Preparation and thermomechanical characterisation of aluminum titanate flexible ceramics

Autores: Babelot, C.|Guignard, A.|Huger, M.|Gault, C.|Chotard, T.|Ota, T.|Adachi, N .
Fuente: J. Mater. Sci.
46 (5), 1211-1219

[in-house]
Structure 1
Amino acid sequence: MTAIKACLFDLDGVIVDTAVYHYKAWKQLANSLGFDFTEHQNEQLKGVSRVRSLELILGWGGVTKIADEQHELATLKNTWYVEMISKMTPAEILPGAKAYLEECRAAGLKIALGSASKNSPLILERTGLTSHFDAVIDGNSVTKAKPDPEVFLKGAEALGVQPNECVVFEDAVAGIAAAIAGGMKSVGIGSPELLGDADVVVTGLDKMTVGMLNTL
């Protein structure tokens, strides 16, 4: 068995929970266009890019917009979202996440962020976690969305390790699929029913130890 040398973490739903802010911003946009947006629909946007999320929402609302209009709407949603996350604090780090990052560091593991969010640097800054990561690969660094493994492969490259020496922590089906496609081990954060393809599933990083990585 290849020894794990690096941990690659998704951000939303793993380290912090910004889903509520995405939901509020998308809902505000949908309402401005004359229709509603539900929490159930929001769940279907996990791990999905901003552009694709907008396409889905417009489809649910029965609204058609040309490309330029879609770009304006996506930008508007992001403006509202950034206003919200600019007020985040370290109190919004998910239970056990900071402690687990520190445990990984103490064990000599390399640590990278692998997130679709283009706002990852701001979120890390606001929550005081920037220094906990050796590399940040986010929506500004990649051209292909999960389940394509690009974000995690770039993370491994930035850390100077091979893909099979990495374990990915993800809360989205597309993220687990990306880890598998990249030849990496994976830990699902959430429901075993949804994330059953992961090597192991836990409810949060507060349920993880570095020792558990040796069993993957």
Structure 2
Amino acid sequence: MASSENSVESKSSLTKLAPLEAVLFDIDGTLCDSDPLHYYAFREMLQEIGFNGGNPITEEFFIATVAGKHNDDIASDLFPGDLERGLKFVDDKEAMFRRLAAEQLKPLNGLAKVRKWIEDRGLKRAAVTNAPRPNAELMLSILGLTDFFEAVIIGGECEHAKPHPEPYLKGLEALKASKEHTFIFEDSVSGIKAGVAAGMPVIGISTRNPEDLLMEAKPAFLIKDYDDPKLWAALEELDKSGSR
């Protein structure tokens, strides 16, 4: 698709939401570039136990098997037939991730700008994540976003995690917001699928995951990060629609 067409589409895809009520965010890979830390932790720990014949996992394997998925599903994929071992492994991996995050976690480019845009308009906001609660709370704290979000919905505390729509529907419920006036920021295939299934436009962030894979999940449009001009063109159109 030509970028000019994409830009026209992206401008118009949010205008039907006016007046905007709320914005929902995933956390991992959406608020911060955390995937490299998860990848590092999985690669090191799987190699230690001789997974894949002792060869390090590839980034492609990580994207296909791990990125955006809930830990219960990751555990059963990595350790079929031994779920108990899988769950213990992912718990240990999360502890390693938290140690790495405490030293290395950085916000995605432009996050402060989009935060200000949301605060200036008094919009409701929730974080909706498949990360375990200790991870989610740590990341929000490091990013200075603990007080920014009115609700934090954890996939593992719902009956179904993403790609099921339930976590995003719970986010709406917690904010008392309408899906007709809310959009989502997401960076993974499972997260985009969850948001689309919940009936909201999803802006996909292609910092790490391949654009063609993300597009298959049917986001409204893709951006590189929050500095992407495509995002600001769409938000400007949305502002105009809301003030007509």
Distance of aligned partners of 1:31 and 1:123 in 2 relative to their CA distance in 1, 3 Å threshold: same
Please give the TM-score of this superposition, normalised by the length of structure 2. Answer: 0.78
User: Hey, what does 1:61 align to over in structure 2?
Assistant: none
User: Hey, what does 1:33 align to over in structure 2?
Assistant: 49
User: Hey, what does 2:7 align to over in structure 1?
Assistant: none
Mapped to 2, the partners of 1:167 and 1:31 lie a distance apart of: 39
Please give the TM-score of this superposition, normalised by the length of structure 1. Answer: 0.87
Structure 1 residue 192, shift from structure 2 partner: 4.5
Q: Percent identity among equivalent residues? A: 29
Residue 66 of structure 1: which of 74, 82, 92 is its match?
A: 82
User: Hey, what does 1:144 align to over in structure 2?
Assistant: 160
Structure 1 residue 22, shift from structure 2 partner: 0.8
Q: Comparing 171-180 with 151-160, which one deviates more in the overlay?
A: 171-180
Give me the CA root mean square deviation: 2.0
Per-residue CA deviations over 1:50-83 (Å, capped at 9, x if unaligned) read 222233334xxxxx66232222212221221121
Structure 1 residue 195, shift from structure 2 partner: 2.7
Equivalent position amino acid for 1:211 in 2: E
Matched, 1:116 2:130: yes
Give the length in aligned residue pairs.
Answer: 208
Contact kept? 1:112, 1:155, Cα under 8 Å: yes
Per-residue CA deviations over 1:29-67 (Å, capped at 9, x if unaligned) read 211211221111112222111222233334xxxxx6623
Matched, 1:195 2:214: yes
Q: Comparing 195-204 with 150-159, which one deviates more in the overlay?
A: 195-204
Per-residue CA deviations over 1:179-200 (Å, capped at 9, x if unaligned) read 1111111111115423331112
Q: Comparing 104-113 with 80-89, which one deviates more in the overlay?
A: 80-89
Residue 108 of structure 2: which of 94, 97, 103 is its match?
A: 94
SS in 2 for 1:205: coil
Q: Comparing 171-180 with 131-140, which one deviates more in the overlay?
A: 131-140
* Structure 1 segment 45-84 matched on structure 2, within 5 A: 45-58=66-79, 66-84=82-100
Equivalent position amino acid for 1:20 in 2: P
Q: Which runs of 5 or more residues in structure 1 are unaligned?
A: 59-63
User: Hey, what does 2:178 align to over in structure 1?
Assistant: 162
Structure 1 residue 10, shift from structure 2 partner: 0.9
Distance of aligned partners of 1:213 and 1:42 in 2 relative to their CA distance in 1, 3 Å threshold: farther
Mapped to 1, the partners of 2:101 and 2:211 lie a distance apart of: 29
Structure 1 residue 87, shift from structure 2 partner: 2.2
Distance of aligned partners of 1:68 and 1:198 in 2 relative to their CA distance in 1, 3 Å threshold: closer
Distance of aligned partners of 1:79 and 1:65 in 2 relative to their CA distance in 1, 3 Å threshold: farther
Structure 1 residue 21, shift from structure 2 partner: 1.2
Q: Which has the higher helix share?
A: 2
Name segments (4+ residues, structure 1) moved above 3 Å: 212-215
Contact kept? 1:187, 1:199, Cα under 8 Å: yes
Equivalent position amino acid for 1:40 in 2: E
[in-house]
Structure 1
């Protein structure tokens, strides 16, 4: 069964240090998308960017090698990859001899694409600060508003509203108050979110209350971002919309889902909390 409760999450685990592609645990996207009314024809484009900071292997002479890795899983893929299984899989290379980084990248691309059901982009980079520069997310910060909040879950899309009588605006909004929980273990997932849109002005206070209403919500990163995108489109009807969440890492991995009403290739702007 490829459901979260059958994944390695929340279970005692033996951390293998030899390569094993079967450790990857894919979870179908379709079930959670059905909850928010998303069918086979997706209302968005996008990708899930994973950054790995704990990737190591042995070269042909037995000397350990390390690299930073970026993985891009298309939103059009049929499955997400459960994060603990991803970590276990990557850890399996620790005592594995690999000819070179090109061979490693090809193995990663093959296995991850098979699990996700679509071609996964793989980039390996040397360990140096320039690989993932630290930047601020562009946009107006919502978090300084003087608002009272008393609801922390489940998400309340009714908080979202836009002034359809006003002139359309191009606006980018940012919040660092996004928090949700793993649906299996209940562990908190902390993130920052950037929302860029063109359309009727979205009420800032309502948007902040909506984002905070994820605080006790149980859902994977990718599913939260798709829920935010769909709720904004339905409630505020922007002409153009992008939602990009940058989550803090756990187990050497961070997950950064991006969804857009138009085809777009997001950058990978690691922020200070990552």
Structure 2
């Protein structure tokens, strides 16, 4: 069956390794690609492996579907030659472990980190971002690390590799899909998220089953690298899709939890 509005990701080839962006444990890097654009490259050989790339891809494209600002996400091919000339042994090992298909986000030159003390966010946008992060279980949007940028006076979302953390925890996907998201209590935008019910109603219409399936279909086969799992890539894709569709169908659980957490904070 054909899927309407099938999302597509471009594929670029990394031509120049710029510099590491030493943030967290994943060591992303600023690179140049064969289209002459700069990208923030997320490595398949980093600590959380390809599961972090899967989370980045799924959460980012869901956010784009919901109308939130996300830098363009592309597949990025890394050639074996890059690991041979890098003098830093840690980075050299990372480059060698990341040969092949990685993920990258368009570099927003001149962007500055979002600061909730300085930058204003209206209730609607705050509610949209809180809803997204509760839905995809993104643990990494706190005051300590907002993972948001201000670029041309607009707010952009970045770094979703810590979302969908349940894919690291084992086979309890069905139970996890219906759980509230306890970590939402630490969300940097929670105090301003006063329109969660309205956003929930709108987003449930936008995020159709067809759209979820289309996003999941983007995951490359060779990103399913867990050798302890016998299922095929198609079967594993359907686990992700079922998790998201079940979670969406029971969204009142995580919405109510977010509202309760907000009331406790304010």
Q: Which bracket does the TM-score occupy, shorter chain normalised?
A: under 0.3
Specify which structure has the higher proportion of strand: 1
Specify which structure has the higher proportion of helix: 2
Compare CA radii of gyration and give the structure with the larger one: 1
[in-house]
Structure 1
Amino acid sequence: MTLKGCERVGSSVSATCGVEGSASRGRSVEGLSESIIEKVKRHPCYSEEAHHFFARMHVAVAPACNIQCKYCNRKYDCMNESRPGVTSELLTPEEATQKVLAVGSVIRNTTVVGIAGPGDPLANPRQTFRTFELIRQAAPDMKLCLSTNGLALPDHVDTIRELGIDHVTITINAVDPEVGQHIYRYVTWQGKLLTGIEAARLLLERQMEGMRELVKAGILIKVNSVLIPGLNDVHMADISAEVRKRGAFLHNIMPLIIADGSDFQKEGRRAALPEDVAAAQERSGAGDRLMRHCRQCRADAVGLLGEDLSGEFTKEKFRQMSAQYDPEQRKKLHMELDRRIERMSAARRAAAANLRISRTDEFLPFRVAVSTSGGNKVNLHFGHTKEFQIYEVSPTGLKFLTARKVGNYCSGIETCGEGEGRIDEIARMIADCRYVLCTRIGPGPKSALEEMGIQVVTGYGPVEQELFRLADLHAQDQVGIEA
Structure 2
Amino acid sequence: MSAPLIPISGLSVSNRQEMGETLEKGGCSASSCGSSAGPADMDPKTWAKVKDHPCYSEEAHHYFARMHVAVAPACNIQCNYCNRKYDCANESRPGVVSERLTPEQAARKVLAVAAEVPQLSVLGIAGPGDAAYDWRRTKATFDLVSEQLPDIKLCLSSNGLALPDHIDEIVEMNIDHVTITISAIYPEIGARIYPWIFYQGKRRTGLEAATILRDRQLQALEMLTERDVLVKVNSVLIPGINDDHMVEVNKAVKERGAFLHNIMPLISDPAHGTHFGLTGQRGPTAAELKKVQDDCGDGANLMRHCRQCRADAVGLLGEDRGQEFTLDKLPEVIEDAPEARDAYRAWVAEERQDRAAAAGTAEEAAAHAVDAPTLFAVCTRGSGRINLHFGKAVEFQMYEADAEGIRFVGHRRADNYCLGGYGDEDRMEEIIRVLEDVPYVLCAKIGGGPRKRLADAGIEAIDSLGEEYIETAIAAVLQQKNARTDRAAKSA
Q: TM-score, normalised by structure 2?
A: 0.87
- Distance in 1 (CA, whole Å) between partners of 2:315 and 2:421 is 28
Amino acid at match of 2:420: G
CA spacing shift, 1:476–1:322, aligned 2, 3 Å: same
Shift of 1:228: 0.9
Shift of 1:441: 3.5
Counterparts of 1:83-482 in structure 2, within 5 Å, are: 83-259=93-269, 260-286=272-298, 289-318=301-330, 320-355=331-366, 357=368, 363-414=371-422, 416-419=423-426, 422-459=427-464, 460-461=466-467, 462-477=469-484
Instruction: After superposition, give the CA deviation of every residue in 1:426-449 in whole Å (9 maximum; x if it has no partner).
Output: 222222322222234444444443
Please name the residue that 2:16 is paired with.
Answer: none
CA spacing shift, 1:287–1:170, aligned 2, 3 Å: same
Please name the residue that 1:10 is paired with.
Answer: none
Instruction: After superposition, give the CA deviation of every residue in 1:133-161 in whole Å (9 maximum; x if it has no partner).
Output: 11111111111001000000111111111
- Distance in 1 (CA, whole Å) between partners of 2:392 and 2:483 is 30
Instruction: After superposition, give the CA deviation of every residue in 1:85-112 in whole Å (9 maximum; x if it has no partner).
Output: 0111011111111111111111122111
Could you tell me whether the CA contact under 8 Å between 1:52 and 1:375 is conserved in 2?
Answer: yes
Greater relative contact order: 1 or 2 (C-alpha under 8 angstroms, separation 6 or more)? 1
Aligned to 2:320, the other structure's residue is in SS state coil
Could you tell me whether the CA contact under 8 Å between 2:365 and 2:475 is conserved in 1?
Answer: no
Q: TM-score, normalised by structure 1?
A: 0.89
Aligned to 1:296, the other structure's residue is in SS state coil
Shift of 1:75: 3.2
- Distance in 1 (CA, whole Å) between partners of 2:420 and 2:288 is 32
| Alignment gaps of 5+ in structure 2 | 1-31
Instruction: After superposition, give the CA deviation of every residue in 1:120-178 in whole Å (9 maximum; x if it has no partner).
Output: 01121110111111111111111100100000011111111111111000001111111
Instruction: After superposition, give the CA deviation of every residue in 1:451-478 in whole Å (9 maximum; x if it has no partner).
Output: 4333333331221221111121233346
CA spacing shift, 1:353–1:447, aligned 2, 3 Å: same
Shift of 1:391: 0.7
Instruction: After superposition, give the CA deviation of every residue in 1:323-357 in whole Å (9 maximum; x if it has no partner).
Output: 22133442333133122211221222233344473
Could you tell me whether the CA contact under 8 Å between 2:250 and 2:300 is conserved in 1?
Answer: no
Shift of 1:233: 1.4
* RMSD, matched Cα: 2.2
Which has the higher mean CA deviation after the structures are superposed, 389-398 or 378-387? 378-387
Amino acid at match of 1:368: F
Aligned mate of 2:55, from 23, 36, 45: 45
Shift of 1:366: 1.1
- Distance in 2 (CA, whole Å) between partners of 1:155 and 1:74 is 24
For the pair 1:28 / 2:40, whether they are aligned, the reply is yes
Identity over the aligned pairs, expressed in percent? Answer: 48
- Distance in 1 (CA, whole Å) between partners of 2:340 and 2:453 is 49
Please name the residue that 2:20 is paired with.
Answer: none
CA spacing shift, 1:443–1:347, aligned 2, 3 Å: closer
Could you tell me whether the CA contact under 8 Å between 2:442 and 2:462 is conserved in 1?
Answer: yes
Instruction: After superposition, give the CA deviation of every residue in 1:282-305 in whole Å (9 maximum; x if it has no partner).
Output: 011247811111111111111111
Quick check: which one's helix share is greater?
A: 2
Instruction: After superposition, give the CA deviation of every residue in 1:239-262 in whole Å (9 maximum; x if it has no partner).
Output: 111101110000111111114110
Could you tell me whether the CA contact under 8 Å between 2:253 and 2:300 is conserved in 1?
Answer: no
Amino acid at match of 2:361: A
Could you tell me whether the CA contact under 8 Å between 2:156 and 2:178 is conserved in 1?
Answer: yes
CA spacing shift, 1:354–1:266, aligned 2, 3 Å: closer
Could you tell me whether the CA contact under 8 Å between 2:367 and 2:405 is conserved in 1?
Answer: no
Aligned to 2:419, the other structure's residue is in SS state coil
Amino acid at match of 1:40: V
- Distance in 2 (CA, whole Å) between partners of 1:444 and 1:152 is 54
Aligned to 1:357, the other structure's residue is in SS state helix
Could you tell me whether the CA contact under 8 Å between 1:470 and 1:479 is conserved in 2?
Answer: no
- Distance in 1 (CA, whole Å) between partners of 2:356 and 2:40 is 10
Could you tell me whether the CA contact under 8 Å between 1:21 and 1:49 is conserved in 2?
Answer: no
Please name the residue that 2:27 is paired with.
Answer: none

Flexible ceramics may be useful, for example to process refractory materials with an improved resistance to thermal shocks. A natural flexible sandstone, itacolumite, is mainly constituted of interlocked quartz grains and contains microcracks. Its microstructure allows some free motion between grains that induces its flexibility. The aim of this study is to prepare and characterize flexible aluminum titanate ceramics by mimicking the microstructure of itacolumite. Aluminum titanate (AT) has a high thermal expansion anisotropy that induces grain boundary microcracking leading to flexibility. Here, the flexibility is the capacity of the material to endorse large strain-to-rupture level. This concept is also closely related to a low value of the stiffness induced by damage mechanisms. In this study, the flexibility has been estimated by the measurement of the deflection at fracture on three-point bending test. By preparing AT samples sintered according to different heating cycle s, the correlations between the sintering cycle, the microstructure and the flexibility have been studied. Grain size and microcrack width have been observed by scanning electron microscopy. A major parameter for flexibility is the microcrack volume fraction within the sample. Three types of AT materials have been processed: non flexible (NF), flexible (F), and very flexible (VF). Their thermal and mechanical behaviors have been investigated and showed that NF has a brittle behavior while F and VF have a nonlinear ductile one. This was found to be due to grain boundary microcracks network and to the interlocking of grains. VF is more flexible than F because its microcracks are wider. Flexibility improves the thermal shock resistance: F and VF have a higher thermal shock resistance than NF. Moreover, thermal expansion measurements during thermal cycles showed anomalous effects induced by crack closure when heating and crack opening when cooling

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